Praeneste (Now Palestrina), an ancient city of Latium, on a spur of the Apennines, 23 m. E. S. E. of Rome. It is first mentioned in history in the list of cities of the Latin league given by Dionysius. Its great power, arising partly from its almost impregnable position, gave it importance in the early wars of Italy. Originally opposed to Rome, it formed an alliance with that republic about 499 B. C, but a century later became engaged in a war with it. In 380 its inhabitants marched to the gates of Rome, and were routed with great slaughter on the banks of the Allia by T. Quintius Cin-cinnatus, who took eight towns subject to Prseneste, and compelled the city to submit. In 340 Prseneste was a conspicuous member of the Latin league against Rome; but the defeat of the combined forces by L. Camillus at Pedum in 338 put an end to the war, and by the terms of the peace which followed the city was deprived of a part of its territory. It retained a nominal independence until the end of the social war, when the inhabitants received the Roman franchise. During the civil war between Marius and Sulla it was one of the chief places in the hands of the Marian party. Sulla captured it, massacred the inhabitants, demolished its fortifications, and planted a military colony on its territory.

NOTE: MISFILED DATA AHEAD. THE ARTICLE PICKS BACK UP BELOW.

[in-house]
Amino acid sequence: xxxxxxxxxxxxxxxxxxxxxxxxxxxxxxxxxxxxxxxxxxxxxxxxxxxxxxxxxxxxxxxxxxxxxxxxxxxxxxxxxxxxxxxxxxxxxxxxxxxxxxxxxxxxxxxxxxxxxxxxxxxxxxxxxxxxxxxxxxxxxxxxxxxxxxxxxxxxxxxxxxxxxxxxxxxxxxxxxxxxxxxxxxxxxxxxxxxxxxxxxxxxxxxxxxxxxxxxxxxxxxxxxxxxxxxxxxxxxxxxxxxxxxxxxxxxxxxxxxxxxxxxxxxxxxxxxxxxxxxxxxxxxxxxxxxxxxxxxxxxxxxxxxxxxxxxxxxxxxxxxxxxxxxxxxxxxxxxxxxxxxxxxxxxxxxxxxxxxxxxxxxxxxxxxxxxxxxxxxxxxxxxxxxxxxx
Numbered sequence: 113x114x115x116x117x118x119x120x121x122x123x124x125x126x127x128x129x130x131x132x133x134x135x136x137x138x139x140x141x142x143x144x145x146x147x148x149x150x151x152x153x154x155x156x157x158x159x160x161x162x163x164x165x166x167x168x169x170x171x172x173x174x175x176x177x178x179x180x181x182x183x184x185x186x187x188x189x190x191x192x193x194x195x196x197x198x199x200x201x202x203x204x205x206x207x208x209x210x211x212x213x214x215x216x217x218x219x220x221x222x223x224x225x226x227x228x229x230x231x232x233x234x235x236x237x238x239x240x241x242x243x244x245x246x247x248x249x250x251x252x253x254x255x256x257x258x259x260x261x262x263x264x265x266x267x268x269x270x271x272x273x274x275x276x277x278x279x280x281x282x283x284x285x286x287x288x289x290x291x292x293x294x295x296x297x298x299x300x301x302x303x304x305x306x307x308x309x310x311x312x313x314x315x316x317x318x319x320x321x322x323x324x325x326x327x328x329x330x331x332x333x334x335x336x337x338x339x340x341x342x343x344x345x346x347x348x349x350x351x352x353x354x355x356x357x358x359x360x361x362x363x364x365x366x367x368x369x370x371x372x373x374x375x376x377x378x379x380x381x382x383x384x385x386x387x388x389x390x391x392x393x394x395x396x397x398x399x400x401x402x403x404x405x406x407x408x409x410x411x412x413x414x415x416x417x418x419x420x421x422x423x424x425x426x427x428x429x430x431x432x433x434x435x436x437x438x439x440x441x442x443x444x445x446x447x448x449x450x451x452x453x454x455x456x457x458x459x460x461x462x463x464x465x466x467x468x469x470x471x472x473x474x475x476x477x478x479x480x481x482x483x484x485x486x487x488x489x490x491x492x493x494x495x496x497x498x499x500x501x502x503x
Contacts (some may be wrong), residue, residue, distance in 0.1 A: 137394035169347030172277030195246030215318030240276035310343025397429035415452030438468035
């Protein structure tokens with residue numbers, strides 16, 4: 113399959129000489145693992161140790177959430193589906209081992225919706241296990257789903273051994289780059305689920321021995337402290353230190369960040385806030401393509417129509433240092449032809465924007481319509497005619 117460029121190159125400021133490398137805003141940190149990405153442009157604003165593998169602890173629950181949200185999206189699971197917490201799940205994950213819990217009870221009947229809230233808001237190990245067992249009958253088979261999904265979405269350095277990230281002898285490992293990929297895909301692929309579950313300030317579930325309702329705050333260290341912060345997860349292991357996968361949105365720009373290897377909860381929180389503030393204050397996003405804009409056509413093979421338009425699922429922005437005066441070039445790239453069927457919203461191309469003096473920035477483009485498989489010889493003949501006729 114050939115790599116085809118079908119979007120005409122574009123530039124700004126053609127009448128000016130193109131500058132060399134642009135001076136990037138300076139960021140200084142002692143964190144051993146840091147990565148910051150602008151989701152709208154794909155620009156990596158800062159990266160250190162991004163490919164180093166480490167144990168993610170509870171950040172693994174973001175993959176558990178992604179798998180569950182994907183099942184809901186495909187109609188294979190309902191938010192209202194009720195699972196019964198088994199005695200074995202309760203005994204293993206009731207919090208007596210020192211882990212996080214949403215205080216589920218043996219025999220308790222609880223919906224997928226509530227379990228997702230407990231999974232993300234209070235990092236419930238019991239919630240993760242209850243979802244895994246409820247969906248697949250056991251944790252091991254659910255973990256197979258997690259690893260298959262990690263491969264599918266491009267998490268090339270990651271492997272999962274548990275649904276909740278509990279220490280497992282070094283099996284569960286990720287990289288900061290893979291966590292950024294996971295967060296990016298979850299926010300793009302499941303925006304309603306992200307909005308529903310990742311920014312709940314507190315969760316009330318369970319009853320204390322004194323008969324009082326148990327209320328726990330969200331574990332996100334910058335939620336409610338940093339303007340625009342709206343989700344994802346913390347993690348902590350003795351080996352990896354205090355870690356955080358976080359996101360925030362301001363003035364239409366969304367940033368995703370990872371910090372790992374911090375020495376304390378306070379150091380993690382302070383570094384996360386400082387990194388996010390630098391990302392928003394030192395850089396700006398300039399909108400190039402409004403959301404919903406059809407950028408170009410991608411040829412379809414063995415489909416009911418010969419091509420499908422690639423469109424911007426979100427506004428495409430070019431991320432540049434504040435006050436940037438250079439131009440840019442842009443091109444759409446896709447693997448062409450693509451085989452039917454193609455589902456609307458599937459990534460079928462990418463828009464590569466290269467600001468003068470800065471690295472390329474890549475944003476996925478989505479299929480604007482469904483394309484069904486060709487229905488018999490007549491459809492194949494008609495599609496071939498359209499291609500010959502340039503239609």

During the empire it was a place of summer resort for the Romans, and was also much visited on account of its temple of the goddess Fortune, the seat of a favorite oracle. Its answers were made by the sortes Prcenestince, consisting of sticks of oak inscribed with ancient characters, which being shaken up, one was drawn for the person consulting the goddess. During the middle ages Prseneste was the stronghold of the Colonna family. It was taken by Pope Boniface VIII., who dismantled the fortifications and razed the buildings to the ground. It was rebuilt in 1307, and resisted an attack of Ri-enzi, but in 1436 was captured by Cardinal Vitelleschi, who in 1437 destroyed it. In 1448 it was again rebuilt by the Colonnas. In 1630 it was sold by Francesco Oolonna to Carlo Barberini, brother of Urban VIII., for 775,-000 scudi. Among the ruins of the old city many statues and other valuable remains of antiquity have been discovered, including a celebrated mosaic.